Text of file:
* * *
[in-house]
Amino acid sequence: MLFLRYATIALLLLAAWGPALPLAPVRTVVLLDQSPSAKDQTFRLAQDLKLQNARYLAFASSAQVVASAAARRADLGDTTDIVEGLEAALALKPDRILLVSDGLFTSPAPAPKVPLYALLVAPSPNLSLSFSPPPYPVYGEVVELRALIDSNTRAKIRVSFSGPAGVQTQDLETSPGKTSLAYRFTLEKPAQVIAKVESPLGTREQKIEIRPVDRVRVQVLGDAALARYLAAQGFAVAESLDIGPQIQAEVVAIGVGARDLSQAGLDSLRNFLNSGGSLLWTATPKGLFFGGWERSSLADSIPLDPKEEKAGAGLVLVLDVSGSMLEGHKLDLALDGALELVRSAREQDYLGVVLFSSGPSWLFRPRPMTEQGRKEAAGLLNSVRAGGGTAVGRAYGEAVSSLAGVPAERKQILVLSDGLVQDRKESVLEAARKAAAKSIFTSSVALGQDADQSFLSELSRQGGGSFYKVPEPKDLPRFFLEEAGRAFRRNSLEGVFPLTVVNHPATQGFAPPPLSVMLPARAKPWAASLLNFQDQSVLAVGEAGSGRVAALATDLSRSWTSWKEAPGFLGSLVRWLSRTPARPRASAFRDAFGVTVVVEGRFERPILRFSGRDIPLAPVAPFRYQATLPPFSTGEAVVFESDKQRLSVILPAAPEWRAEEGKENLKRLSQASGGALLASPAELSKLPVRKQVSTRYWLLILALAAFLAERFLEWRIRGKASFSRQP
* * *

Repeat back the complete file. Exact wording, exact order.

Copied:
[in-house]
Amino acid sequence: MLFLRYATIALLLLAAWGPALPLAPVRTVVLLDQSPSAKDQTFRLAQDLKLQNARYLAFASSAQVVASAAARRADLGDTTDIVEGLEAALALKPDRILLVSDGLFTSPAPAPKVPLYALLVAPSPNLSLSFSPPPYPVYGEVVELRALIDSNTRAKIRVSFSGPAGVQTQDLETSPGKTSLAYRFTLEKPAQVIAKVESPLGTREQKIEIRPVDRVRVQVLGDAALARYLAAQGFAVAESLDIGPQIQAEVVAIGVGARDLSQAGLDSLRNFLNSGGSLLWTATPKGLFFGGWERSSLADSIPLDPKEEKAGAGLVLVLDVSGSMLEGHKLDLALDGALELVRSAREQDYLGVVLFSSGPSWLFRPRPMTEQGRKEAAGLLNSVRAGGGTAVGRAYGEAVSSLAGVPAERKQILVLSDGLVQDRKESVLEAARKAAAKSIFTSSVALGQDADQSFLSELSRQGGGSFYKVPEPKDLPRFFLEEAGRAFRRNSLEGVFPLTVVNHPATQGFAPPPLSVMLPARAKPWAASLLNFQDQSVLAVGEAGSGRVAALATDLSRSWTSWKEAPGFLGSLVRWLSRTPARPRASAFRDAFGVTVVVEGRFERPILRFSGRDIPLAPVAPFRYQATLPPFSTGEAVVFESDKQRLSVILPAAPEWRAEEGKENLKRLSQASGGALLASPAELSKLPVRKQVSTRYWLLILALAAFLAERFLEWRIRGKASFSRQP